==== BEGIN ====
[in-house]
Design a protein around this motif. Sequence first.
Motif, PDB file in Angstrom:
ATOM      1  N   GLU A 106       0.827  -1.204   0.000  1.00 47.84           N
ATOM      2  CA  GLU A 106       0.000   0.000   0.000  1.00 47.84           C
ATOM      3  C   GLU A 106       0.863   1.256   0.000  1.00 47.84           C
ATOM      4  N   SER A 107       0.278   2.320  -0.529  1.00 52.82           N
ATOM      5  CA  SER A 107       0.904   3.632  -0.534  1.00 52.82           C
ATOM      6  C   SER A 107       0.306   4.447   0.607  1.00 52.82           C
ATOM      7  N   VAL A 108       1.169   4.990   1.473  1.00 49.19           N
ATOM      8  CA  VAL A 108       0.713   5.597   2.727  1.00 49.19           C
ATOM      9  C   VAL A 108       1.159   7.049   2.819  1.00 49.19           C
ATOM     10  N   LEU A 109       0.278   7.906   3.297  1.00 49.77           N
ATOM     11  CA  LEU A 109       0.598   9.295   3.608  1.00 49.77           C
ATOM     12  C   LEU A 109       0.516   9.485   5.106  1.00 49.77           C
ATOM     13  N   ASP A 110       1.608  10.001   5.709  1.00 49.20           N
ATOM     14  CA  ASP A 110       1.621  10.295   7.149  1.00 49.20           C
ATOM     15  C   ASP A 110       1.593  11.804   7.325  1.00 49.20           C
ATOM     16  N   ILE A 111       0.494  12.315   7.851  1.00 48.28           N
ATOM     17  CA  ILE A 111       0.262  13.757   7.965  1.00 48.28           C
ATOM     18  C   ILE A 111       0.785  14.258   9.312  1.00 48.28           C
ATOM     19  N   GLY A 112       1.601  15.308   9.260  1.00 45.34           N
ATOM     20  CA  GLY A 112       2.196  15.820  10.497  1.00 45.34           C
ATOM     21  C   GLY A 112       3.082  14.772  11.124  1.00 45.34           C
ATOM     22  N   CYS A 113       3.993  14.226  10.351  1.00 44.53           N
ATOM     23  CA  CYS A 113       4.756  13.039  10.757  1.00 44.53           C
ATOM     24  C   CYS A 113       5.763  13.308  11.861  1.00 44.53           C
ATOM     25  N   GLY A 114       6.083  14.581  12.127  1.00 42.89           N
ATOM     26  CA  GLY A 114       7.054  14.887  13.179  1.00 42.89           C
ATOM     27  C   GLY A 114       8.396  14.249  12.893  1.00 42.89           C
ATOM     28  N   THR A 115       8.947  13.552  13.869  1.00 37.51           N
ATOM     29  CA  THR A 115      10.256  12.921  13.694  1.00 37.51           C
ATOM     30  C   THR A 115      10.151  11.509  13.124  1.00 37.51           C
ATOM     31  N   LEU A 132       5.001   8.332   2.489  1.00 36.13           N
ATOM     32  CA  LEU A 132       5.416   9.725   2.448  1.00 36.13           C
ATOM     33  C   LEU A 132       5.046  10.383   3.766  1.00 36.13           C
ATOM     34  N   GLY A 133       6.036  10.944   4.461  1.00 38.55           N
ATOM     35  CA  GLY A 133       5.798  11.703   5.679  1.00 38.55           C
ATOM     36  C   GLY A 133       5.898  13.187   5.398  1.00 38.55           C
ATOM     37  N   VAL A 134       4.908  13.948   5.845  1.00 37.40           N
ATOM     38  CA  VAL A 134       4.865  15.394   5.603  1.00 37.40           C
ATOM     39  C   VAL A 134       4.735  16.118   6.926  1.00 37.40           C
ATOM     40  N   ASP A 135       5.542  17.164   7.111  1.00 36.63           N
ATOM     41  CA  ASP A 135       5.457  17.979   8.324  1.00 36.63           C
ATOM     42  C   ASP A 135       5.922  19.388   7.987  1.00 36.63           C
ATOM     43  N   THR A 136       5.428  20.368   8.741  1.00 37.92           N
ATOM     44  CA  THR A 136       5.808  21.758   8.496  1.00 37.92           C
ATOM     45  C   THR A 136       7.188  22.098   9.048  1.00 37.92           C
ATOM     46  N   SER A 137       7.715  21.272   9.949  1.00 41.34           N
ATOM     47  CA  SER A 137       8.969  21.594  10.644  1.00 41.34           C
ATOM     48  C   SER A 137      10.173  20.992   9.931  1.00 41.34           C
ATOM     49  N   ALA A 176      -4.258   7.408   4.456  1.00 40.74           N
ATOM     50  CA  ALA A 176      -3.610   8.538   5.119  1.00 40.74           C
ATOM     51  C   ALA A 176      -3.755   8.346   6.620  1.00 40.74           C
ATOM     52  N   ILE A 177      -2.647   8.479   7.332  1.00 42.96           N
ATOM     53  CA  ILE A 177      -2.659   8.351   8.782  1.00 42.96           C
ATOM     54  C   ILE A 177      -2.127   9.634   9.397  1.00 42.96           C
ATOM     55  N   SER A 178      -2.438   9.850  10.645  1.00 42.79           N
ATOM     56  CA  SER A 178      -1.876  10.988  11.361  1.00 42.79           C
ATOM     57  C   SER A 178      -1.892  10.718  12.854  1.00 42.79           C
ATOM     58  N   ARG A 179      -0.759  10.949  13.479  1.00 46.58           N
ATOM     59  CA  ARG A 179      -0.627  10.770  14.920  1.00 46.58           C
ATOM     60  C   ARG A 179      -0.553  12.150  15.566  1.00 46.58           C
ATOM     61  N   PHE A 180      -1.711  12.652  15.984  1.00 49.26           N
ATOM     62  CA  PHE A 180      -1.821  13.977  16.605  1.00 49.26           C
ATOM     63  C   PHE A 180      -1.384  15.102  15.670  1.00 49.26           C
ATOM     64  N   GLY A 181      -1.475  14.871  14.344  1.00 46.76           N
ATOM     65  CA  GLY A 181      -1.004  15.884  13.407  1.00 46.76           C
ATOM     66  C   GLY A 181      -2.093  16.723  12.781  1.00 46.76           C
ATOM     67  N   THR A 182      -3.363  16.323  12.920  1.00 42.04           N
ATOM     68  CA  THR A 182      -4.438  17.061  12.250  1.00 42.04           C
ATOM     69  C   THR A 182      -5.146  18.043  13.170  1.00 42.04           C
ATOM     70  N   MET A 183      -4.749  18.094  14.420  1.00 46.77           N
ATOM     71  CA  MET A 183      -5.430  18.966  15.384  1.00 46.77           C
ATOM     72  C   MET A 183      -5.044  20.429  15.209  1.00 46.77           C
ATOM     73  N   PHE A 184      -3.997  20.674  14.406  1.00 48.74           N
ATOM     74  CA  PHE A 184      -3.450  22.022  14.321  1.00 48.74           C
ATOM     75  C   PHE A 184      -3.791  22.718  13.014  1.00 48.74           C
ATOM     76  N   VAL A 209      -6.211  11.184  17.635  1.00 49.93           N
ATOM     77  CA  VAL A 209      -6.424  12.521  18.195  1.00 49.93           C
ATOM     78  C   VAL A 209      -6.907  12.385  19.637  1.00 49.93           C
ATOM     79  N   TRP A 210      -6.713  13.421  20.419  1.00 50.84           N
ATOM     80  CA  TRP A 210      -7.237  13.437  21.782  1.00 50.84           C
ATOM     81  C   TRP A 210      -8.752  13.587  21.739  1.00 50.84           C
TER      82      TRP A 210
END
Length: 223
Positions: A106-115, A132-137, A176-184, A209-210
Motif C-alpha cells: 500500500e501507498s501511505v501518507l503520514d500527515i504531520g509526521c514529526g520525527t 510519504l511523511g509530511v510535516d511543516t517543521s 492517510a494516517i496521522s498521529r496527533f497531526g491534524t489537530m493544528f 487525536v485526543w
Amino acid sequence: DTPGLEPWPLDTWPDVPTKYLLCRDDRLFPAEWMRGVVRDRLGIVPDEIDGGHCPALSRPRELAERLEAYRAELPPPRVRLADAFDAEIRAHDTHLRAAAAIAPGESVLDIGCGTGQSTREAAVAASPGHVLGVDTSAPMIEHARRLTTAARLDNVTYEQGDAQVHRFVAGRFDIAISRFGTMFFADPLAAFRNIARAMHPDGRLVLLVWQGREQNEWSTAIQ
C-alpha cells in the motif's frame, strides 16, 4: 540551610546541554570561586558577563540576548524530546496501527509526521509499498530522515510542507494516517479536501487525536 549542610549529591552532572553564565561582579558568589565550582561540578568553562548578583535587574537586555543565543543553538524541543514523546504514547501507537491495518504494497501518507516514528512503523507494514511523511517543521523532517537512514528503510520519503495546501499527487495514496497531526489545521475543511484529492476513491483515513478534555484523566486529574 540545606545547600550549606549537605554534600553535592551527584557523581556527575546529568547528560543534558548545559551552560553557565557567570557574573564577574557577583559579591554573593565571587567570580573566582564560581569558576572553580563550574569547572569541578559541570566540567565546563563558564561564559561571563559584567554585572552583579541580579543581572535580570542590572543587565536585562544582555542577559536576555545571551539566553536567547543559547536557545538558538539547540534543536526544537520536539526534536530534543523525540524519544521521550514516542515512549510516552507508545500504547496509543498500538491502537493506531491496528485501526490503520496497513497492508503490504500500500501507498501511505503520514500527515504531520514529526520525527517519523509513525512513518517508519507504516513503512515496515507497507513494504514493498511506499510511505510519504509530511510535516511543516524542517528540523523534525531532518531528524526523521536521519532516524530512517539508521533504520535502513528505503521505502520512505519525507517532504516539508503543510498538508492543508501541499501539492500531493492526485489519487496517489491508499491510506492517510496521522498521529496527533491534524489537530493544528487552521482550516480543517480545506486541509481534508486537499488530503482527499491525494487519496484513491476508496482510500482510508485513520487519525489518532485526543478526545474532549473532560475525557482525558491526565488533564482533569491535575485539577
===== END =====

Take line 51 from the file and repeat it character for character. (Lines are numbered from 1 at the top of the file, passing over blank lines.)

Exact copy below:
ATOM     48  C   SER A 137      10.173  20.992   9.931  1.00 41.34           C